It’s racing on bikes and fighting, and I love it.
Far from this being a ‘job done’ scenario in terms of this review, I will elaborate on why I love it. Back in the ’90s when Road Rash first arrived on the scene, videogame racing was a very rigid affair – moving a vehicle sprite left and right on a colour-shifting grey stripe of perspective-faking dwindling thickness had a certain charm to it, but it didn’t feel like any kind of Earth driving. Indeed, a game like Super Hang On (as a motorcycle game it’s a great frame of reference) was an abstract affair which situated the player in a bizarre desert universe consisting only of a singular winding road framed by copied-and-pasted scenery items and other motorcyclists. There was fun to be had, and the internal physics were consistent; but it was all so basic. If the road goes left, turn left. If you skid, brake until you don’t. If you crash, swear loudly at the screen and carry on whilst the magic genie inside the Megadrive bewitched into existence a clone copy of yourself on the middle of the road. Repeat ad venatus exigo.
The upgrade to Road Rash would be akin to a dog throwing out his or her chew toy to focus on building space stations out of Lego. The grey stripe illusion is now a part of the landscape, turns less exaggerated but hills and valleys more realistically so; and bike physics behaving much more like a real-life two-wheeler. Collisions too; any rider (player or otherwise) knocked off a bike has to get back on it like a grown up, and stop messing around with all that ‘appearing back on track’ nonsense.
Graphically, a stuttering faux-scaling replacement sprite technique seen in Super Hang On would be usurped by slightly-flawed software scaling; making room on the EPROM for more trackside scenery. Of course, the upgrade wouldn’t be complete without real speech for the pained cries of riders forcibly dismounted from their bicycular metal steeds and a bolstering in the gameplay department. Both are present and correct.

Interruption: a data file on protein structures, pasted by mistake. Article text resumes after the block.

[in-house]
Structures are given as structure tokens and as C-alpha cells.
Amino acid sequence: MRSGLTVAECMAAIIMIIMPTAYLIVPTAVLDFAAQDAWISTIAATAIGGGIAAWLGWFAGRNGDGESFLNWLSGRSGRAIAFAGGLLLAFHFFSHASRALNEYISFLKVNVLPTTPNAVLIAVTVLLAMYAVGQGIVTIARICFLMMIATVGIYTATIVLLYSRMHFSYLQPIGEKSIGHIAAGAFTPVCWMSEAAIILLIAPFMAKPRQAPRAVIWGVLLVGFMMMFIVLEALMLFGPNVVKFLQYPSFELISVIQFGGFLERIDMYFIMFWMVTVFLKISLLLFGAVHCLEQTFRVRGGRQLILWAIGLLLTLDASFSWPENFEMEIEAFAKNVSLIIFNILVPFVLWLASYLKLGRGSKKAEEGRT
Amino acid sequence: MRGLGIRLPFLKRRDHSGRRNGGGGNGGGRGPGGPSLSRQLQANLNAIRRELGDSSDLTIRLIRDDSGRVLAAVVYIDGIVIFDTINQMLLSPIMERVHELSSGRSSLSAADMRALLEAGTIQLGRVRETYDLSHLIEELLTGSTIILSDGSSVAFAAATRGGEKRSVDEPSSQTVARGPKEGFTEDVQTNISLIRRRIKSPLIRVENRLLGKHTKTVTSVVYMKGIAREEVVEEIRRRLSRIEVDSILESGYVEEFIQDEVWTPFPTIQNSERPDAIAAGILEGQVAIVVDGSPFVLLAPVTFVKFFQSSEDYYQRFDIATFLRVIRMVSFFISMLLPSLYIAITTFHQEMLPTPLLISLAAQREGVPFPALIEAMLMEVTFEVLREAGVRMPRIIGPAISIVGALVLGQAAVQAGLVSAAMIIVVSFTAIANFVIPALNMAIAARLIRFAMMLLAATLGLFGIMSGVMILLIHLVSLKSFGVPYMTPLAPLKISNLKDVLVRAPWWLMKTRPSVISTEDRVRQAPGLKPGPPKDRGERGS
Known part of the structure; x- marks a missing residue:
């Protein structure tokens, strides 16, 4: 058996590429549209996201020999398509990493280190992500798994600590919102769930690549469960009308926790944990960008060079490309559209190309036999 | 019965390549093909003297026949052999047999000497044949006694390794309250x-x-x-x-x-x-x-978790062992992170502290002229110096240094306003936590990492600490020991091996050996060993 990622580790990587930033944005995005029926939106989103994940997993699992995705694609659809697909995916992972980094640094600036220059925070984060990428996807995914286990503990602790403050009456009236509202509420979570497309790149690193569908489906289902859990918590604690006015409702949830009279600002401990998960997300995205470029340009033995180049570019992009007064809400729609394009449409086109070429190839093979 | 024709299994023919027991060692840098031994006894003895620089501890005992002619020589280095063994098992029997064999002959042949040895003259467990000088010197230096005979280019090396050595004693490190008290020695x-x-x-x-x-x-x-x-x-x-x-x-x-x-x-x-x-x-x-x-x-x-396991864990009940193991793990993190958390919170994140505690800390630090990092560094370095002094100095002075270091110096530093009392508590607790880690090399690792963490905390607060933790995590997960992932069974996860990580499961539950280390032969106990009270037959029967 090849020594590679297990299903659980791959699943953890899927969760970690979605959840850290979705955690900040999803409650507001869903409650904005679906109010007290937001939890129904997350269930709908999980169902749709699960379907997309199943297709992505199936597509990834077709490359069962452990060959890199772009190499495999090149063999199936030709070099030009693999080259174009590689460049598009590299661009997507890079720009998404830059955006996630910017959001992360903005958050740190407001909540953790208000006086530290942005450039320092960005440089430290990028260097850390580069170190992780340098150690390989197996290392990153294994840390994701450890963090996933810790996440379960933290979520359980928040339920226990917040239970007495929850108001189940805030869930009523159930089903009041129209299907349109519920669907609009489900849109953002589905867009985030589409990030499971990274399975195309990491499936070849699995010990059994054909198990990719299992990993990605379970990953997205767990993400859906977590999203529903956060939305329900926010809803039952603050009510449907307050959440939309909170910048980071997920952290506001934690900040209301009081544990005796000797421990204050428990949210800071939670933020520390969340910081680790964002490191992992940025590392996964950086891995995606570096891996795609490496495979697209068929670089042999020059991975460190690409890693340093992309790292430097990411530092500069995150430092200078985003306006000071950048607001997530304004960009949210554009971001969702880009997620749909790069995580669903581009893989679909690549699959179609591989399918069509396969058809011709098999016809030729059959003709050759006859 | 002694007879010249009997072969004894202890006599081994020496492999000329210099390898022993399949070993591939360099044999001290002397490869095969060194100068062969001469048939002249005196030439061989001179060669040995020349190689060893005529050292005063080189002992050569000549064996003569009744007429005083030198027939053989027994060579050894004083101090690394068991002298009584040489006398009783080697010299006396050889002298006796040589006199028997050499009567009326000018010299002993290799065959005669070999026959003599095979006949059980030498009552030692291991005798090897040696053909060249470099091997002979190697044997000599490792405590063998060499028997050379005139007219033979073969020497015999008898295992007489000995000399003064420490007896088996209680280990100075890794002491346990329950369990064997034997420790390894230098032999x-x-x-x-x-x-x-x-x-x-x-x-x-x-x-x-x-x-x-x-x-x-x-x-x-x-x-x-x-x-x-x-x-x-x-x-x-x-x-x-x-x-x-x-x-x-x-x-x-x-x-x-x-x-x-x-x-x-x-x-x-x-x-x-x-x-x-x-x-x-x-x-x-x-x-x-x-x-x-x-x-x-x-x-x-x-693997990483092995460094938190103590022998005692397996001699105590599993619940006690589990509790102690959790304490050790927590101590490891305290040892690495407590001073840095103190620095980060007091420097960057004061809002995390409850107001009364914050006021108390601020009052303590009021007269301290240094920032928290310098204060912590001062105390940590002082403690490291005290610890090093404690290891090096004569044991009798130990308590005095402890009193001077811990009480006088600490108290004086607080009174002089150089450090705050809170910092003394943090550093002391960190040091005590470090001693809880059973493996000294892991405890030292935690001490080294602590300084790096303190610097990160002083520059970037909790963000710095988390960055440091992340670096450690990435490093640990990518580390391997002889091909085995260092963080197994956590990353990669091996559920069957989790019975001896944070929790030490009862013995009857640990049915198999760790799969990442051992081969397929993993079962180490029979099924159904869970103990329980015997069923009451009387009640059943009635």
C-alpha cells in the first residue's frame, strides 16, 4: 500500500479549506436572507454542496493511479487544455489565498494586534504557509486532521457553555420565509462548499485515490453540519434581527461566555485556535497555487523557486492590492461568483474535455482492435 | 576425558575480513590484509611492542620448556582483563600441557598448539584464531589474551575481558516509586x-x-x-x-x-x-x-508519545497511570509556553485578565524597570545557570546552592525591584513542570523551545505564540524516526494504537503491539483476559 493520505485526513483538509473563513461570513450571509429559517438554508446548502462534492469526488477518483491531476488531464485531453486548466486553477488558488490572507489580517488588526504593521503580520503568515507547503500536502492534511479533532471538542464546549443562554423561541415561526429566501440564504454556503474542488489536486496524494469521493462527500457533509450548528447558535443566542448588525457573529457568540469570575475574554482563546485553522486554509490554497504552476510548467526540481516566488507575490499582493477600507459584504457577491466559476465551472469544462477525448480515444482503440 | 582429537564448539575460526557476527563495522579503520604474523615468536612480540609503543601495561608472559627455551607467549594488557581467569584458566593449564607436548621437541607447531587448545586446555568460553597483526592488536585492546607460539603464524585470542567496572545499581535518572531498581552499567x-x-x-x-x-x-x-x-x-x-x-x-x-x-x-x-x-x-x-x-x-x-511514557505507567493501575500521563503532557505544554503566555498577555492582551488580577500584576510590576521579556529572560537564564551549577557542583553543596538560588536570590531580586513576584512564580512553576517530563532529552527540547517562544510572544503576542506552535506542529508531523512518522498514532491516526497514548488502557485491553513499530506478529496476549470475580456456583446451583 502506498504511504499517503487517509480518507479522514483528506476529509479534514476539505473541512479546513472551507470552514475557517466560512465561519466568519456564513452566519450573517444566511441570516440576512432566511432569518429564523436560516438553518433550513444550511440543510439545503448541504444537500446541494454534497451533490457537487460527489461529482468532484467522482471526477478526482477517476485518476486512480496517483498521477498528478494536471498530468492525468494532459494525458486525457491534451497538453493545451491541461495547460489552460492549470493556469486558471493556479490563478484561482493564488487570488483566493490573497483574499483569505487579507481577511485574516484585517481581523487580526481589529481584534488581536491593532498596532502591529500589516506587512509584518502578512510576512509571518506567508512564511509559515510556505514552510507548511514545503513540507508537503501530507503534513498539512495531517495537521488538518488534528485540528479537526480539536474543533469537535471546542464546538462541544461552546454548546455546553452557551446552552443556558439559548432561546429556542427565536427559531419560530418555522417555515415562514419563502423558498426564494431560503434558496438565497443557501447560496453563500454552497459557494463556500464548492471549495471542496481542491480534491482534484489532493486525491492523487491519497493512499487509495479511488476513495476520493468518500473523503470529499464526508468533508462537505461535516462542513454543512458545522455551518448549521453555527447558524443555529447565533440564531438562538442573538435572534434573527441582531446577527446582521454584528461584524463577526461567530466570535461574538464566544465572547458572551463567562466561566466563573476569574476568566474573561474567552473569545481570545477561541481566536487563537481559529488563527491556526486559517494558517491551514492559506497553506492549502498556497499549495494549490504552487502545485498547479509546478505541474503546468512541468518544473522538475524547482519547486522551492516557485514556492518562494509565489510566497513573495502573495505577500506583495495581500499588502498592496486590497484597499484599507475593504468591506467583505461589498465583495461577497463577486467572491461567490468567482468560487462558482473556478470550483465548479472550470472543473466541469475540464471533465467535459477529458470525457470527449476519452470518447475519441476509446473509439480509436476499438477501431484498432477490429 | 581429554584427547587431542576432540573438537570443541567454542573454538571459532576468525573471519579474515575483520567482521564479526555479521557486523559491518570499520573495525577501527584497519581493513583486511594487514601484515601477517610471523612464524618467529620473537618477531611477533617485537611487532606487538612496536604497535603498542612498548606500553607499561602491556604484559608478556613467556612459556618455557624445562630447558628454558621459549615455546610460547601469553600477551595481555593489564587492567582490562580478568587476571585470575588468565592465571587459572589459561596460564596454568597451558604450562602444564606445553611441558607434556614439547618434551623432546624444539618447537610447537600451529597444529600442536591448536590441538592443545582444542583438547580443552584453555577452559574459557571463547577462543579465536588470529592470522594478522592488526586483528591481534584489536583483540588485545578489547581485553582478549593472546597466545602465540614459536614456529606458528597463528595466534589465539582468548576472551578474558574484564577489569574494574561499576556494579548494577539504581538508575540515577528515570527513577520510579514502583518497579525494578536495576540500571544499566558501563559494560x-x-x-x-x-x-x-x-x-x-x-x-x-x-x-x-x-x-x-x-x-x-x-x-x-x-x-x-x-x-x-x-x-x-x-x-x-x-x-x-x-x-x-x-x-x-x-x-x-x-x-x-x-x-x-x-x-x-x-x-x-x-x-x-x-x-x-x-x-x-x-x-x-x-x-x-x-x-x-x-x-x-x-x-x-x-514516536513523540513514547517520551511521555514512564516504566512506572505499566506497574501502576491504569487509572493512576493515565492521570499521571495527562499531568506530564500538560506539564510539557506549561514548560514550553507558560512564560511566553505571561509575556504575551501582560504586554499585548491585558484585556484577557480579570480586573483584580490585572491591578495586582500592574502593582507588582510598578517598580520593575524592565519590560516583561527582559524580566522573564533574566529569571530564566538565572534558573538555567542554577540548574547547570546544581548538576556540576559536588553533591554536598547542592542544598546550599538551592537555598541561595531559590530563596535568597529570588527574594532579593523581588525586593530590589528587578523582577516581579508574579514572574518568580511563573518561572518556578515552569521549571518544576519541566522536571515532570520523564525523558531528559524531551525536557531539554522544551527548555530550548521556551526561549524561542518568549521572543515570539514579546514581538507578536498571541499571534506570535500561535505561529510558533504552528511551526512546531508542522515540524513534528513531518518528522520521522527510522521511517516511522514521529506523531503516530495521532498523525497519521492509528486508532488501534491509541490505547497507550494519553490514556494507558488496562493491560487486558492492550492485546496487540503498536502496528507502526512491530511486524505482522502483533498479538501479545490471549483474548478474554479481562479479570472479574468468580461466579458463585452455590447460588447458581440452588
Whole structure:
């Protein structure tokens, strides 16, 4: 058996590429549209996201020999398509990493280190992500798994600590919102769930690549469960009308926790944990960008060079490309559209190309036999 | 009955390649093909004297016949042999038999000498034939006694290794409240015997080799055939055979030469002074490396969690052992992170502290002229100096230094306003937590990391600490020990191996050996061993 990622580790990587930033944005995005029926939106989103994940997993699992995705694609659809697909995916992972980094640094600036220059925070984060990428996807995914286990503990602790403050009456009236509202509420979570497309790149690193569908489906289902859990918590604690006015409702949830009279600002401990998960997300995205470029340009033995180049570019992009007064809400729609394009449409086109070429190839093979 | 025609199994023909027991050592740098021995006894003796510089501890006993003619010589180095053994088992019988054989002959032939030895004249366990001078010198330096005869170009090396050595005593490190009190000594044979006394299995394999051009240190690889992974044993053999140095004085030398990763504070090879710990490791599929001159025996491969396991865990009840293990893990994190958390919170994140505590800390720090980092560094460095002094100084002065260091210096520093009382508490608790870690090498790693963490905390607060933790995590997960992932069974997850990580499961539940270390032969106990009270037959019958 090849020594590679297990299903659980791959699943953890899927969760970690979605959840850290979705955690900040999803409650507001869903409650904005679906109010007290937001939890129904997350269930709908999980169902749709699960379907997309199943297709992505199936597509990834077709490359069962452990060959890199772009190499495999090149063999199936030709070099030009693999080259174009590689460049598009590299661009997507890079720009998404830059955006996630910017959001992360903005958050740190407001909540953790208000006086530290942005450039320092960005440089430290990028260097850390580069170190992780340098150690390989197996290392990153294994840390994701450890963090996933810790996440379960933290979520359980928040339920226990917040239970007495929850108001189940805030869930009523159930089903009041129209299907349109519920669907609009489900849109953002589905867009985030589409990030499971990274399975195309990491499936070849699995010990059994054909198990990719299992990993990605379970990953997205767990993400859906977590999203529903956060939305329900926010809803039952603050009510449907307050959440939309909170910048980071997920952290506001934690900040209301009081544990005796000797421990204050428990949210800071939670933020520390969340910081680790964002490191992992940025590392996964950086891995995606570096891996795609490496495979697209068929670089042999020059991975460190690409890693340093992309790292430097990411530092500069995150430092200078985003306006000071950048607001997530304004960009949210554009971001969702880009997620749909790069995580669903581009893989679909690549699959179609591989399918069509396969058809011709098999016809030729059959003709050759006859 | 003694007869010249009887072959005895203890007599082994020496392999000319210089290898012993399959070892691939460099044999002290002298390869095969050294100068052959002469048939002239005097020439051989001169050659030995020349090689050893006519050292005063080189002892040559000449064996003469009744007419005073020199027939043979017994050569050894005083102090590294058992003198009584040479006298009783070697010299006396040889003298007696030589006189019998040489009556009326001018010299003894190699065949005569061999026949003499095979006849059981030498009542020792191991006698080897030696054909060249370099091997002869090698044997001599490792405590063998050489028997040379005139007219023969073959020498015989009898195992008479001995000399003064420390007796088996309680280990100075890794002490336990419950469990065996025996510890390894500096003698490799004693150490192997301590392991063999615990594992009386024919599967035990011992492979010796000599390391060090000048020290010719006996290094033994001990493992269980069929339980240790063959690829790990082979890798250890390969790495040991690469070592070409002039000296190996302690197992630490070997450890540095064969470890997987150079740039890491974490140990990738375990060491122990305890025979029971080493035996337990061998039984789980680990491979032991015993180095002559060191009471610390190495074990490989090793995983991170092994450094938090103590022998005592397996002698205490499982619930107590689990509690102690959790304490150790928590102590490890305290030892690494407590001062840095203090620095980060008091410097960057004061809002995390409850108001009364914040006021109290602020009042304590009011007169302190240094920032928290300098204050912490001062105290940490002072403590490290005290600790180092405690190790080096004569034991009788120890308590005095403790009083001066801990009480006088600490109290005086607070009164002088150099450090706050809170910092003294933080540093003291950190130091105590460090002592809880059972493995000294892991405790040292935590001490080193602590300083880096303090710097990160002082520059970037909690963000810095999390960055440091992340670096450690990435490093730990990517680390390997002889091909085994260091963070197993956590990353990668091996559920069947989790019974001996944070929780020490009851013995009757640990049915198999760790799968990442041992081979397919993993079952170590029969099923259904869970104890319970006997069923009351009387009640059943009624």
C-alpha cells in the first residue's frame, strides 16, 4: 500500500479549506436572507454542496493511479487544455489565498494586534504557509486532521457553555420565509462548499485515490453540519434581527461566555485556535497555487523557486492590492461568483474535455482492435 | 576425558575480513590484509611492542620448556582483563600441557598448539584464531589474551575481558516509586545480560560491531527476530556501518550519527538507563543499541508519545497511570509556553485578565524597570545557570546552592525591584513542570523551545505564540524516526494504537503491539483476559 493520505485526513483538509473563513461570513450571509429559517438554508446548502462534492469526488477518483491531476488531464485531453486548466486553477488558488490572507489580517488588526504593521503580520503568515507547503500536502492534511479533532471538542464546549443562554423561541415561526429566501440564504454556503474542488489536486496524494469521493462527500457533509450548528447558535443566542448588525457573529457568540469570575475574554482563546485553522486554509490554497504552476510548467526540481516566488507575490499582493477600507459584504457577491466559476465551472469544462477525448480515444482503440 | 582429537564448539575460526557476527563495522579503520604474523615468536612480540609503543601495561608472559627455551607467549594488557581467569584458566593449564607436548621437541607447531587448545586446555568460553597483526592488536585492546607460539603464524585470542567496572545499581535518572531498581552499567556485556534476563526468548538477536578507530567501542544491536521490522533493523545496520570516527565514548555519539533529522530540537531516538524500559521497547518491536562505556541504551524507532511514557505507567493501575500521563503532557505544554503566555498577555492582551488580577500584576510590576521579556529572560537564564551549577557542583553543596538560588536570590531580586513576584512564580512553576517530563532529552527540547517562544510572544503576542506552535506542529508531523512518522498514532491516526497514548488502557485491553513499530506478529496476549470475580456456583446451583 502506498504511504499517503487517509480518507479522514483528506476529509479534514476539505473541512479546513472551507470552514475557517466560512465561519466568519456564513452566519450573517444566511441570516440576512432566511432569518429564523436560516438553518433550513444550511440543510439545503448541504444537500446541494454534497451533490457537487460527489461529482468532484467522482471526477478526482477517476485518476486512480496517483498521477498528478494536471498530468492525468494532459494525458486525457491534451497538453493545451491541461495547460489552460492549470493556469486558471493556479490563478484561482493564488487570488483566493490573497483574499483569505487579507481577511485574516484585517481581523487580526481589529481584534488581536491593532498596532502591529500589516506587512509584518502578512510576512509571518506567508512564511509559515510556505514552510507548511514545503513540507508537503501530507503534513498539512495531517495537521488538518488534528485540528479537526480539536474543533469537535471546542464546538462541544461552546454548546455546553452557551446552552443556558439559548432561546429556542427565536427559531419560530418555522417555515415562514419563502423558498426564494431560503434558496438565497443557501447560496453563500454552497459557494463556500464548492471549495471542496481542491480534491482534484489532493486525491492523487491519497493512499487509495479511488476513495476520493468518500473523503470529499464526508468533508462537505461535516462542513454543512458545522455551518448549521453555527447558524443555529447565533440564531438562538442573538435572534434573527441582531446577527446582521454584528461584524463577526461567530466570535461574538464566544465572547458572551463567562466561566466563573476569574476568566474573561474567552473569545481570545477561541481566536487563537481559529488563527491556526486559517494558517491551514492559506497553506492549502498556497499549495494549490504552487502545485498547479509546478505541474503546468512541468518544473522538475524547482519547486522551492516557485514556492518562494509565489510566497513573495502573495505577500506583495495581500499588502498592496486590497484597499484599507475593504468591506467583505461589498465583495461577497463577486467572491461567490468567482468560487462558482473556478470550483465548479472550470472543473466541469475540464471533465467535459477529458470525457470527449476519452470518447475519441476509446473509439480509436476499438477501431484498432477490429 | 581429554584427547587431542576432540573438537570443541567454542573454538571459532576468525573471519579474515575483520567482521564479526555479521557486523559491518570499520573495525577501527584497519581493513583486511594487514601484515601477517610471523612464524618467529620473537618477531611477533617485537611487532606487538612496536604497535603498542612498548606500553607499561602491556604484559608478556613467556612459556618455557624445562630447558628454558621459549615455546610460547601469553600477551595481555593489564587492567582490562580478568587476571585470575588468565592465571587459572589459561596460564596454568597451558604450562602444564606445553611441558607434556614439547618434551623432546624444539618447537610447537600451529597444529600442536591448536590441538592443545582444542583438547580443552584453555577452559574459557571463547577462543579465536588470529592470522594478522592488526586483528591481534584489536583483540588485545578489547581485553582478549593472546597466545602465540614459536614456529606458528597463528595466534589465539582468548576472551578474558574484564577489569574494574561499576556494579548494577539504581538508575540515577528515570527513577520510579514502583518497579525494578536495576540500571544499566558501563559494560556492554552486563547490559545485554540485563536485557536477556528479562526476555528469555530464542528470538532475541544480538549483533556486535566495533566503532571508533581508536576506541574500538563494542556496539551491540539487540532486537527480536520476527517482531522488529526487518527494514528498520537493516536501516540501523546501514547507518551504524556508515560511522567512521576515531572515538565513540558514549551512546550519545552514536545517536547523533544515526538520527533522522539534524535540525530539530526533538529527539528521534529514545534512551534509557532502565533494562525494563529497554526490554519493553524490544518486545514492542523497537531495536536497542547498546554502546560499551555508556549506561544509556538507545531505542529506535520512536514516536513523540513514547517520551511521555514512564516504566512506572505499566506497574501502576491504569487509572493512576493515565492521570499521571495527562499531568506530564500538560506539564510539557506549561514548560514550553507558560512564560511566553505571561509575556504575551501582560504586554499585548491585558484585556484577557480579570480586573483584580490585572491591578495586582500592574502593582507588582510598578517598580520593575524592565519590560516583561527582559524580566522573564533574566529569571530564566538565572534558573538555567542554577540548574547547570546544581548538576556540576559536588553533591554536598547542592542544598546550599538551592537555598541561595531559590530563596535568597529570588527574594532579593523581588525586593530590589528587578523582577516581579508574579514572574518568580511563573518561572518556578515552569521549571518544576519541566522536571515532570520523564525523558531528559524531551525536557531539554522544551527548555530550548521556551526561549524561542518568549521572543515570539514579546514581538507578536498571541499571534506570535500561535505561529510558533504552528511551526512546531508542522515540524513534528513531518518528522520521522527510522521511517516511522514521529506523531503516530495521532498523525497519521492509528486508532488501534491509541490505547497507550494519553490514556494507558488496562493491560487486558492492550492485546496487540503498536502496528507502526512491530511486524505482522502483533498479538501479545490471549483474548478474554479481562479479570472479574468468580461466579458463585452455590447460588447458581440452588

Of the latter improvement on the Hang On formula, riders can kick and punch each other in a simplified beat ’em up style. This adds an exciting risk/reward dynamic to the show, as one floored rival can temporarily equal one less competitor on the road; though a smack in your own face could potentially be the difference between a placing of first and fourteenth. In itself it’s not deep. It’s not even Yie Ar Kung Fu, let alone Street Fighter II. However, it adds a welcome edge to the left-right-don’t-crash gameplay exhibited within the genre, and provides enough options to prevent the game from getting too stale after repeating the tracks a dozen or so time.
Which happens. Game progression sees each level offer the same five tracks; but longer each time. Although this could be a clever move, giving players a chance to learn the courses bit-by-bit, it makes the game start to chafe the reward centers of the brain after three of the five levels. The bikes get faster, the opposition gets nastier. The tracks, however, sit there in their own universe watching re-runs of the Road Rash show and giggling every single time a rider is dismounted by a cow in the road, like it was the first.
It’s not totally unbearable of course, because the Rob Hubbard music is characteristically excellent.
In closing, Road Rash is a great game. It’s not the best ever, and the repeated beatings to your virtual head may induce some gamer numbness, but that’s alright – you didn’t sign up to the Bikes ‘n’ Fights club to ponder on the strategic merit of the bishops in chess to some Vivaldi. You came to smack some poor sod in the face at high speed. Road Rash delivers.